Tuesday, December 8, 2015

A good partner will...

I thought I'd written a post when Wendell (look, I found a pseudonym other than Boy!) started dating, but it turns out I was mistaken and it was actually a journal entry, not for public consumption.  Anyway, it's been about six months since I got involved with Wendell.  Closer to four (maybe? I'm not exactly positive on the timing) since we started dating.  And I keep waiting for the honeymoon/new relationship phase to be over.  And it keeps not happening (much to my delight).

Things have been so easy and we've fallen into a rhythm that we both love.  It helps that we get to work with each other through May.  Somewhat shockingly, it's easier when we're working together than when we're not.

Anyway, there have been so many things that I've learned in the past six months.  Things I wish I'd known sooner; things about relationships that people just don't tell you.  So I'm writing them down.  I still have so much in life to learn, but these are things that I believe to be undeniably true.

There's someone out there for you.  Hell, there's a bunch of people out there for you.  If you leave your current relationship, there is someone else out there for you.  In fact, numerically speaking, there's a bunch of people out there who will fit into your life.  You aren't trapped.  You aren't worthless.  There are people out there who will love you for you.  You just have to keep looking long enough to find them, which sucks.

Being alone isn't bad.  I write this from the perspective of being in a relationship now, but I learned over the last year and a half that not being in a relationship doesn't make you less of a person.  Getting to know yourself, being your own person without relating it intimately to who someone else is, is so so important.  And if you don't ever want a relationship, then good for you for recognizing that fact.  (Even now, my bedmates as I write this aren't other people, but my dogs and cat).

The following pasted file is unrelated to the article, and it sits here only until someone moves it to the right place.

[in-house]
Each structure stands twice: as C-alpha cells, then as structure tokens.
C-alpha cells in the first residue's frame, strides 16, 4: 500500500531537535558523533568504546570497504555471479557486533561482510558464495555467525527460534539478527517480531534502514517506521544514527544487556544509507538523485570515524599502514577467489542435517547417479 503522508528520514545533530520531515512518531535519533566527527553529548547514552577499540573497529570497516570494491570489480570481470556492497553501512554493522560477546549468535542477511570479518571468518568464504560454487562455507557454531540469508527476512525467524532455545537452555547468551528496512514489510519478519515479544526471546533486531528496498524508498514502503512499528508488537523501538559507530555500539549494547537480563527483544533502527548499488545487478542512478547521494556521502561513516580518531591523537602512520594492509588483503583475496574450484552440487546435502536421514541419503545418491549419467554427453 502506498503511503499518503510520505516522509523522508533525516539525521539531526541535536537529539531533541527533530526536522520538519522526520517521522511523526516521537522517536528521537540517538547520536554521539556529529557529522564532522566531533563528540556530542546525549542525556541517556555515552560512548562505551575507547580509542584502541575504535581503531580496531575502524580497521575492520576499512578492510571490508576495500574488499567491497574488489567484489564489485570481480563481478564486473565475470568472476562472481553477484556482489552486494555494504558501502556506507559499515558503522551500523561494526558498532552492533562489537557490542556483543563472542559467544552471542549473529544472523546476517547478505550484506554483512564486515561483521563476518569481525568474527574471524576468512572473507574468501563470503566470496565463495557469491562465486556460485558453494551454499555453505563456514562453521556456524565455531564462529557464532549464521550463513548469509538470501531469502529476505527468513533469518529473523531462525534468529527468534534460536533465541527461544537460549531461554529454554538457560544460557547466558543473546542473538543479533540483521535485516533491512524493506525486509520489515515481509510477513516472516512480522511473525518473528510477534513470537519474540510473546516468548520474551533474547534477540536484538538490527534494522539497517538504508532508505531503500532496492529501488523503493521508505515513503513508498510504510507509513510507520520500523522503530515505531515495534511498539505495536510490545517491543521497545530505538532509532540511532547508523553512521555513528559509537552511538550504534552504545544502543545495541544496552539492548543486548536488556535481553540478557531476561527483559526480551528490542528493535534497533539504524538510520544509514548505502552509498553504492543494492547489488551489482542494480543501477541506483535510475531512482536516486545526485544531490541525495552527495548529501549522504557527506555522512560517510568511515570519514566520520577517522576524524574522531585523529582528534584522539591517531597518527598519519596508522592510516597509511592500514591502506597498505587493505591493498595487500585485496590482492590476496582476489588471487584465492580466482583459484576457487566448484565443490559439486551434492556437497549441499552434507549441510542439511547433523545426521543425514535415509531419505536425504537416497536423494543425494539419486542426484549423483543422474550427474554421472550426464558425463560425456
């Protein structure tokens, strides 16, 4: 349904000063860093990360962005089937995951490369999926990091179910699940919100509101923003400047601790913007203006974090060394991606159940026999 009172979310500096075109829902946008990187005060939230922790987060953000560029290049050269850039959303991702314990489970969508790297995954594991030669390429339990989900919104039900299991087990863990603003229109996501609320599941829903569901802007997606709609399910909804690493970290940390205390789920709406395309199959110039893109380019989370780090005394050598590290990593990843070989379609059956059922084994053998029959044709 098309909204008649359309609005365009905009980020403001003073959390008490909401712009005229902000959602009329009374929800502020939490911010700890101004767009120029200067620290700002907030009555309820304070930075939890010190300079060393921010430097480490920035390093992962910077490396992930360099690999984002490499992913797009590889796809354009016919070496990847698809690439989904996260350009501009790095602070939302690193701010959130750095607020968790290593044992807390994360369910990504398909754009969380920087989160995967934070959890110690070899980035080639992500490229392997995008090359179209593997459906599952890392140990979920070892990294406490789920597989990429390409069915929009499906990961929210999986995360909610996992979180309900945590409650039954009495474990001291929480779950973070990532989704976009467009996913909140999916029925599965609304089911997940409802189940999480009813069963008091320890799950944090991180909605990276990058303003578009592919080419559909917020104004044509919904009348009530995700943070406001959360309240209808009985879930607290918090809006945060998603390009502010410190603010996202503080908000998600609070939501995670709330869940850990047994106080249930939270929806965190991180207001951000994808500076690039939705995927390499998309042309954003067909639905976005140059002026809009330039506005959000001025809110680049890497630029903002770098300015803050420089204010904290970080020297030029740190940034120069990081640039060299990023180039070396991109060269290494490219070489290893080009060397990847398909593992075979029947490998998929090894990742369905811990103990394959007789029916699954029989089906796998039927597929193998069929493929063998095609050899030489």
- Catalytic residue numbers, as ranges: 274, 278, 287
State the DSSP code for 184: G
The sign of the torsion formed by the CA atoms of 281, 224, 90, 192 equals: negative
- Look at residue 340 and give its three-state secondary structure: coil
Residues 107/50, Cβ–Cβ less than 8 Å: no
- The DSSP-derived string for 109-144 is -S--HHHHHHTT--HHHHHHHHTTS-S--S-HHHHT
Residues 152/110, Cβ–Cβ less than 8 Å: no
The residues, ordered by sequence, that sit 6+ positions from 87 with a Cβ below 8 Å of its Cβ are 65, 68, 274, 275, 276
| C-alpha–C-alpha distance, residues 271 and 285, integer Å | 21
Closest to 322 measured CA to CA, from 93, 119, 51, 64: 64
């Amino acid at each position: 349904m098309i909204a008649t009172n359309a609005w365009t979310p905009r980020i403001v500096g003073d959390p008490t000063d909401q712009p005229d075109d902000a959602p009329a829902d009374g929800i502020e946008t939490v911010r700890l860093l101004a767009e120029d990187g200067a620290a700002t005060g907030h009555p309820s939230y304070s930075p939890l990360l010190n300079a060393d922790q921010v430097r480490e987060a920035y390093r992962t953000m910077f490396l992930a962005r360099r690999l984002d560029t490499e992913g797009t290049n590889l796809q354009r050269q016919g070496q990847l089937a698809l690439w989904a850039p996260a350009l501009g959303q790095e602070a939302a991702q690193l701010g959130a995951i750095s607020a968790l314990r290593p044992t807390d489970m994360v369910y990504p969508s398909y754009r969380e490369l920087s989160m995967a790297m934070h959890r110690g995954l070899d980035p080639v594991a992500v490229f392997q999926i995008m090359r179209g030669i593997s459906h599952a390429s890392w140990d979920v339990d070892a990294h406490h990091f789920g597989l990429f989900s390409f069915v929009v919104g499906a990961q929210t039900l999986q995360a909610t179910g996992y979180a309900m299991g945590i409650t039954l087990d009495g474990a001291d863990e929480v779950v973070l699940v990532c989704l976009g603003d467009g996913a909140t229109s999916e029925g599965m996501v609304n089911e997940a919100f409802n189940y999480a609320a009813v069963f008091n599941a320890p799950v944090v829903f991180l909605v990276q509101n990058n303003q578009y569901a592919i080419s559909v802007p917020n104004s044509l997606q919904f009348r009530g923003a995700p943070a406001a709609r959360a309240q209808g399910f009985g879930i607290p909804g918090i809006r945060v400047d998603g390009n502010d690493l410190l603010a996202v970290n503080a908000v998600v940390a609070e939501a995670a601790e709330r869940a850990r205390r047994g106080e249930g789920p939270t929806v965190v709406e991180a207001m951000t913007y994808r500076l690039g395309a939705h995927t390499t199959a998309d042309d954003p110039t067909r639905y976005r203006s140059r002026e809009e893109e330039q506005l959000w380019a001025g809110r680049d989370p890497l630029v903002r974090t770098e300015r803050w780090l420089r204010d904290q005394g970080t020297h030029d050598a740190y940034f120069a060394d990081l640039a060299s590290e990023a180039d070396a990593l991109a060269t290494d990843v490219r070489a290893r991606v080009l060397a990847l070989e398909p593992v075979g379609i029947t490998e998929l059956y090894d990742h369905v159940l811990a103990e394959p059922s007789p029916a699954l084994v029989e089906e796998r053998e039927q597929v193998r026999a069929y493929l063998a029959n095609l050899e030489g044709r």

If you think you aren't being respected, trust yourself.  There's obviously a point that you could take this that would be too far; there is for pretty much everything.  But if your partner is gas-lighting you; telling you you're over-emotional, over-reacting, burdensome, whiny, etc, then examine your relationship very closely.  Is it actually worth it?  Is your partner actually your partner?

A good partner might consider doing certain things a burden, but they'll want to help you.  I just spent the entire weekend with the worst cold of my life.  And Wendell spent the weekend with me; made me tea, soup, etc.  Was it fun for him?  Really not so much.  Was it a burden?  Well, yes, it fit that description.  Did he mind doing it?  No, he wanted to, because he loves me and wants to see me happy (and in this case, healthy).  And I thanked him profusely for all of his help.

A good partner wants to see you happy and will sometimes want to sacrifice their comfort to ensure that.  (rephrased: you should make sacrifices for each other).  The other week my grandparents wanted to have dinner and I wanted Wendell to come.  He's not the most social of people, and wasn't sure he wanted to go.  I did my absolute best to tell him that it was fine, but he also knew, without me expressly saying it, that I was disappointed.  And so he decided to go, and actually did have fun.  This is the type of thing that we both try extremely hard not to abuse, because it quickly becomes manipulative.

A good partner will communicate with you (specifically) well.  They don't have to be a good people person to communicate with you well.  Wendell certainly isn't what either of us would call a people person.  But he gets me.  He understands me.  When I say something that isn't quite factually or actually what I mean, he gets me well enough to understand my meaning, and won't correct me on the phrasing (except maybe jokingly).

A good partner will tell you the truth. Even when it hurts.  Even when they'd rather be alone, or with friends instead of you, or in another/additional relationship.  Even when you know it might hurt them.  Even when you know their response might hurt you.  Even when everything in you just wants to shrug is off and say: "it's okay" when it's not or "I don't know" when you do know what's bothering you.  And if you both do this, then you can trust each other, unequivocally

A good partner will accept you even when you're not good company.  A good partner won't desert you just because you're going through a bad patch.  The number of times I've been told that it's okay that I'm upset; that it's okay that I'm angry; that it's okay that I'm not good company, in the past six months astounds me.  I've been struggling with depression and anxiety and haven't been all that fun to be around lately, and yet he still supports me.

There's more.  I know there is.  But these mean so very much to me.  And if you're looking for a partner (or really even a friend), look for these qualities.

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